After last week’s historic dismantling of Arsenal, there existed, you hoped, sufficient evidence to dismiss the defeat at Villa Park as just one of those anomalous blips, suffered by every team at one point or another, rather than the result of some more serious deep-lying issues. Yesterday’s defeat to Crystal Palace has made that position indefensible however, there are flaws in this side that run deeper than I think many realised and it looks like they could have all but cost us the league title.
There really wasn’t even a single positive to draw from yesterday. The team selection was just bizarre. Why on Earth were we playing three central midfielders against the most reactive side in the division? The fullbacks looked as stretched as they have done all year, against Jason Puncheon and Yannick Bolassie of all people; Gary Cahill was fortunate not to concede two penalties whilst John Terry also decided it seems to have his annual bad game, when his fellow defenders needed him the most. In the other half of the pitch meanwhile, we were constantly too narrow with our approach play and then wasteful when we finally did move into wide areas. Fernando Torres snatched at his chances all afternoon with sadly typical dubiety, whilst Eden Hazard should’ve done much better with the one decent chance we did manage to create.
The result means that our only remaining chance of league glory depends on us winning all six of our remaining games, although, as Mourinho confessed after the match, even if all six wins could be guaranteed, we’re still in a position where we’re uncomfortably reliant on the results of other teams. This likely failure to secure top spot means that for the first time since 2004, Chelsea will have gone four years without a league title, and Mourinho will have failed to win the league in two consecutive full seasons for the first time ever. He may have been downplaying his chances for months now but still, to go trophy-less in a season at Chelsea puts extra pressure on him to live up to his promise of making the club genuine contenders for next season. He simply has no choice but to back himself and his players all the way. To go two seasons without a trophy at Chelsea, I can’t imagine being tolerated too lightly.
Where have things gone wrong?
There’s no denying our attacking play can be inspiring, it can be beautiful to watch and on occasions, it can be totally irrepressible. But at no point this season could it ever have been described as systematic or methodical/a product of our tactical set up, rather than the individual quality of our forward players. And of course the problem with the latter being your key source of inspiration in creating chances, is that on frustrating afternoons like yesterdays, where so many players are out of sorts, then you become liable to drawing blanks against sides that really shouldn’t be causing you any problems.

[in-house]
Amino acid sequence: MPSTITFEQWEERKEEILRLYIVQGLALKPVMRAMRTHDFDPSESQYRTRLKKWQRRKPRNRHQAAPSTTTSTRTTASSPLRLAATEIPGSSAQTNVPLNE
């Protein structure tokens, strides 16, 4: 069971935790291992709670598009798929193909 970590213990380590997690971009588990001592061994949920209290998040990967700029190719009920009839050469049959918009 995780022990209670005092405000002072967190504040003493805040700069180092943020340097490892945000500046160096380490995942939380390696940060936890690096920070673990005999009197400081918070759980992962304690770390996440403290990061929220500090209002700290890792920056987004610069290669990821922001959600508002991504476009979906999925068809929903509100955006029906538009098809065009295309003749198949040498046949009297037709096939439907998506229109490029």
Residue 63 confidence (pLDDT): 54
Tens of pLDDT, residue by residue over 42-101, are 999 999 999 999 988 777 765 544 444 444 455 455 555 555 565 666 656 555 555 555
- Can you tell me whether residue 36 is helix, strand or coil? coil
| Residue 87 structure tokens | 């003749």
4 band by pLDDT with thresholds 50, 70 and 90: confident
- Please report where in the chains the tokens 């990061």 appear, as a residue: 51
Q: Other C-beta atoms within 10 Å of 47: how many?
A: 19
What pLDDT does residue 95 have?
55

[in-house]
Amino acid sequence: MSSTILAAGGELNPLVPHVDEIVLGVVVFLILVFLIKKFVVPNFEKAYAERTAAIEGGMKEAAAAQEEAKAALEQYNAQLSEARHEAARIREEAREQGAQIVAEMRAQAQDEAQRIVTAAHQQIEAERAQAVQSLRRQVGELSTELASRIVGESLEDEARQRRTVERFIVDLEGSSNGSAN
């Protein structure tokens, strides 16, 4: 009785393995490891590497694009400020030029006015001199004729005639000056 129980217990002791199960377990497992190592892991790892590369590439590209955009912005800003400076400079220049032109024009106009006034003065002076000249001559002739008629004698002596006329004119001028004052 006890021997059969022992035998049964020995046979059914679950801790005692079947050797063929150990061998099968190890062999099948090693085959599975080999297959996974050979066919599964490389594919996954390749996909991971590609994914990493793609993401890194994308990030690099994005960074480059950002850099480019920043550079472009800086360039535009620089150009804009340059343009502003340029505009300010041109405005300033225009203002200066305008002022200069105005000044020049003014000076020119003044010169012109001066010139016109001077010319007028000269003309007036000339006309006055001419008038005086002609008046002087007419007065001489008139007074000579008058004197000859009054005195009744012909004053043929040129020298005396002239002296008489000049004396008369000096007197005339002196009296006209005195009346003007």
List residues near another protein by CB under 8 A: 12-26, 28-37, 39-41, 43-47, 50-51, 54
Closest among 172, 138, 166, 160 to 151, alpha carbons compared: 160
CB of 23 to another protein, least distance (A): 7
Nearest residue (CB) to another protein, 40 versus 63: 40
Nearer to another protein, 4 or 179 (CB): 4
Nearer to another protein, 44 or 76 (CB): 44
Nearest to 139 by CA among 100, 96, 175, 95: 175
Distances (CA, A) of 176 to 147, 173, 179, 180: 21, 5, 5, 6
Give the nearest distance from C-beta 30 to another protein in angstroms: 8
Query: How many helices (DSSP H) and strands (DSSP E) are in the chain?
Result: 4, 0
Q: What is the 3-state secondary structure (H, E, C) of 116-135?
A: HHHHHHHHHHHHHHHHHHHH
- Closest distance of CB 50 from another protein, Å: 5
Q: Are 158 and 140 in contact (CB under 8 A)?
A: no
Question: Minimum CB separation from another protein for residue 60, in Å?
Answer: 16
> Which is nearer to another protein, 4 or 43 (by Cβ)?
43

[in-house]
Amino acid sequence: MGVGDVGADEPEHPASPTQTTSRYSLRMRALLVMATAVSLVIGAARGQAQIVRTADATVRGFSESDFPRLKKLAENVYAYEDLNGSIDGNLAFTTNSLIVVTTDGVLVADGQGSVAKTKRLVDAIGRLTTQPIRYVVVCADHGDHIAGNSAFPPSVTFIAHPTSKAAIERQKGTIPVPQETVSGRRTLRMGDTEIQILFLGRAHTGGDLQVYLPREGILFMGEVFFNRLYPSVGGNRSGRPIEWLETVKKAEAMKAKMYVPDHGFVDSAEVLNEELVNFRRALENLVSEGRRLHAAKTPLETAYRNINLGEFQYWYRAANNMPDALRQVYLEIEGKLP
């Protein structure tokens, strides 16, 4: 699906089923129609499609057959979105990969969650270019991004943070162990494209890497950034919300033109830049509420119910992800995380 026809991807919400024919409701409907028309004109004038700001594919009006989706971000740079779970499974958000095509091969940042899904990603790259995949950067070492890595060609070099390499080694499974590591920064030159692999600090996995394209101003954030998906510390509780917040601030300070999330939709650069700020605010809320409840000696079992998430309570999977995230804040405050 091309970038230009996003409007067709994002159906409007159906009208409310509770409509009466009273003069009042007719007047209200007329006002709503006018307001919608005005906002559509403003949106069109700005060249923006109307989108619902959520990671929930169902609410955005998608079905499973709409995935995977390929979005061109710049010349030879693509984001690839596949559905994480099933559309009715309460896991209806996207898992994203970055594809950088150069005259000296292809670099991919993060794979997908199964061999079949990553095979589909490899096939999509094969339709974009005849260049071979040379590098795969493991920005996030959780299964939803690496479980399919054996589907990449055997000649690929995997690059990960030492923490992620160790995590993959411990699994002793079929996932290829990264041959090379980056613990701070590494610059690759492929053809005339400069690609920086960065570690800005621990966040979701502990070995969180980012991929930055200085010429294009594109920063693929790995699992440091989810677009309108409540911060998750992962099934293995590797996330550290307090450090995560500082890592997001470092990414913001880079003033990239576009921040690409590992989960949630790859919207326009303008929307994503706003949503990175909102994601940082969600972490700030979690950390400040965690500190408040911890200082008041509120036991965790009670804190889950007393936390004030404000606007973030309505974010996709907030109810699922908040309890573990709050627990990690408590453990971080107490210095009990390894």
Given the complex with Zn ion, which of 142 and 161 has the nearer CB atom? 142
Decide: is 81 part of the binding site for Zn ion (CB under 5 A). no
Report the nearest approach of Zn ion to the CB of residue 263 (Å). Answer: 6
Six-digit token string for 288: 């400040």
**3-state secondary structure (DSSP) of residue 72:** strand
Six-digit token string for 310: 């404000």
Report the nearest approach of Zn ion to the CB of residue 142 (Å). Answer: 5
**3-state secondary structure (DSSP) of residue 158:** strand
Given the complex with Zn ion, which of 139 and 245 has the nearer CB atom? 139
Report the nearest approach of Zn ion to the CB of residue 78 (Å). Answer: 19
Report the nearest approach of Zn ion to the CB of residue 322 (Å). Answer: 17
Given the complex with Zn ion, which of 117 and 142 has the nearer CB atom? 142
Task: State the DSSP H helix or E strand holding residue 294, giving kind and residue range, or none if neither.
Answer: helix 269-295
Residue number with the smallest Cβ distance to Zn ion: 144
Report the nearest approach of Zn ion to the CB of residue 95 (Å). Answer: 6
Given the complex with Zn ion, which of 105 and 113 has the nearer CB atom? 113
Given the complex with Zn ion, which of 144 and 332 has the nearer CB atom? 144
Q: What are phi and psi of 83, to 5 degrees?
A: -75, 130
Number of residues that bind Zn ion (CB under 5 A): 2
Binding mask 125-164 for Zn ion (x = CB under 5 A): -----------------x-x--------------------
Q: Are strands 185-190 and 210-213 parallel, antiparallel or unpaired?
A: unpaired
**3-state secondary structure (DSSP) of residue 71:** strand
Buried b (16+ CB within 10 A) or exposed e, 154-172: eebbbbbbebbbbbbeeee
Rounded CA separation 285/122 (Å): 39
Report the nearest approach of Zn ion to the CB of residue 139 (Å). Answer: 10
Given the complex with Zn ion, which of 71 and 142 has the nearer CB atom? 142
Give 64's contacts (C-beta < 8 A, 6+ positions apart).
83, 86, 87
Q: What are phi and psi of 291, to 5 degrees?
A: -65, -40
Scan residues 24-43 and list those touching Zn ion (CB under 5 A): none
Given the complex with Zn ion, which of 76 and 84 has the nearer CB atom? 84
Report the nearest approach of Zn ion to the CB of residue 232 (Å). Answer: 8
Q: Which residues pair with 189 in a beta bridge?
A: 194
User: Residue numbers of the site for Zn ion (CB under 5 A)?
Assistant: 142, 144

Teams like Crystal Palace, West Brom, West Ham and Aston Villa are of course, all well drilled, respectable defensive sides – plus it can hardly be denied that when taking points from us this season, they all played extremely well when doing so. But they are also, by no means outstanding defensive outfits; I don’t think it’d be conceited to say that these aren’t the standard of defences that should be routinely causing us problems.
When assessing the progress made this year, it’s important that we recognise the quality of the work done, both on drastically improving the defence (only 9 goals conceded now in our last 21 matches) as well as in both transfer windows, with the midfield of the side considerably more well balanced than it was back in August. However, we also need to be honest about the state of our attack – where very little, if any progress has been made this year at all. In some respects, it’s only logical that we’ve struggled at times. Oscar, Eden Hazard and Andre Schurrle are all still young players, learning their trade in the Premier League. Whilst Willian and Mo Salah, before this year, had never even played a competitive match in a top European division. Factor in also the relative impotency of our centre forwards, compared to those of our main title rivals – it’s hardly a mystery that we’ve failed to keep up with City and Liverpool in the ‘Goals For’ column. We still haven’t been anywhere near consistently good enough in my opinion. Obviously under Mourinho, we should never expect to see any dazzlingly intricate attacking systems – for him to focus on the design of such systems would be a waste of his main talents as a primarily defensive coach anyway. Regardless, serious improvements are needed next year.
When I look at the Chelsea squad now, I see a platform and the potential for success with this core group of players, right through to the end of the decade. With the addition of a top level striker, along with the expected continued improvement of our young attacking midfielders, there’s no reason I can see why our frontline can’t reach the same level as our defence, which is already of a Champions League winning standard in my opinion. With this back six behind all of the raw attacking talent he already has to work with; Mourinho must know what an incredible opportunity he has here to build a fantastic team for the long term. Forget whatever he failed to do at Real Madrid, if he can’t create a dominant force with this group of players, then that would be the biggest failure of his managerial career to date.